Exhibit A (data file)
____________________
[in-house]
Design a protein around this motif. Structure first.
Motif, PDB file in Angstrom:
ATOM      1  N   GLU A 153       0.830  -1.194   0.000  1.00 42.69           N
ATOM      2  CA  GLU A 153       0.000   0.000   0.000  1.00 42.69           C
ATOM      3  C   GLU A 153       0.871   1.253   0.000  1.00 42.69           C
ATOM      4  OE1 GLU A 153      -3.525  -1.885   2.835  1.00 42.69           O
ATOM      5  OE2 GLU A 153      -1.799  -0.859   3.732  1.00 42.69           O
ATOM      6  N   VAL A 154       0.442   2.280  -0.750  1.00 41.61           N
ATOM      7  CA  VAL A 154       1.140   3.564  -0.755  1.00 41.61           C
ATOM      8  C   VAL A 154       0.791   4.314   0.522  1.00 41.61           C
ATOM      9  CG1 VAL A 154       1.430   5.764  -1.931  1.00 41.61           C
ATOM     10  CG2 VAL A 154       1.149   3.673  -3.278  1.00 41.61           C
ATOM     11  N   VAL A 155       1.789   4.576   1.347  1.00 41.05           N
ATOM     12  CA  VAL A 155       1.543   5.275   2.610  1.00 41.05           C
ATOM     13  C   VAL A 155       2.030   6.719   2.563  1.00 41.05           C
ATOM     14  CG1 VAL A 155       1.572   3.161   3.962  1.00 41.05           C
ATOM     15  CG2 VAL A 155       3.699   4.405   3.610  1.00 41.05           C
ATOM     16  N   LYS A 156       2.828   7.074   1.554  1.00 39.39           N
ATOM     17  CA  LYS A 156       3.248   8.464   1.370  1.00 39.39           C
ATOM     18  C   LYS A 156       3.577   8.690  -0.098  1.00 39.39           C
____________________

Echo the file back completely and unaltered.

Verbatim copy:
[in-house]
Design a protein around this motif. Structure first.
Motif, PDB file in Angstrom:
ATOM      1  N   GLU A 153       0.830  -1.194   0.000  1.00 42.69           N
ATOM      2  CA  GLU A 153       0.000   0.000   0.000  1.00 42.69           C
ATOM      3  C   GLU A 153       0.871   1.253   0.000  1.00 42.69           C
ATOM      4  OE1 GLU A 153      -3.525  -1.885   2.835  1.00 42.69           O
ATOM      5  OE2 GLU A 153      -1.799  -0.859   3.732  1.00 42.69           O
ATOM      6  N   VAL A 154       0.442   2.280  -0.750  1.00 41.61           N
ATOM      7  CA  VAL A 154       1.140   3.564  -0.755  1.00 41.61           C
ATOM      8  C   VAL A 154       0.791   4.314   0.522  1.00 41.61           C
ATOM      9  CG1 VAL A 154       1.430   5.764  -1.931  1.00 41.61           C
ATOM     10  CG2 VAL A 154       1.149   3.673  -3.278  1.00 41.61           C
ATOM     11  N   VAL A 155       1.789   4.576   1.347  1.00 41.05           N
ATOM     12  CA  VAL A 155       1.543   5.275   2.610  1.00 41.05           C
ATOM     13  C   VAL A 155       2.030   6.719   2.563  1.00 41.05           C
ATOM     14  CG1 VAL A 155       1.572   3.161   3.962  1.00 41.05           C
ATOM     15  CG2 VAL A 155       3.699   4.405   3.610  1.00 41.05           C
ATOM     16  N   LYS A 156       2.828   7.074   1.554  1.00 39.39           N
ATOM     17  CA  LYS A 156       3.248   8.464   1.370  1.00 39.39           C
ATOM     18  C   LYS A 156       3.577   8.690  -0.098  1.00 39.39           C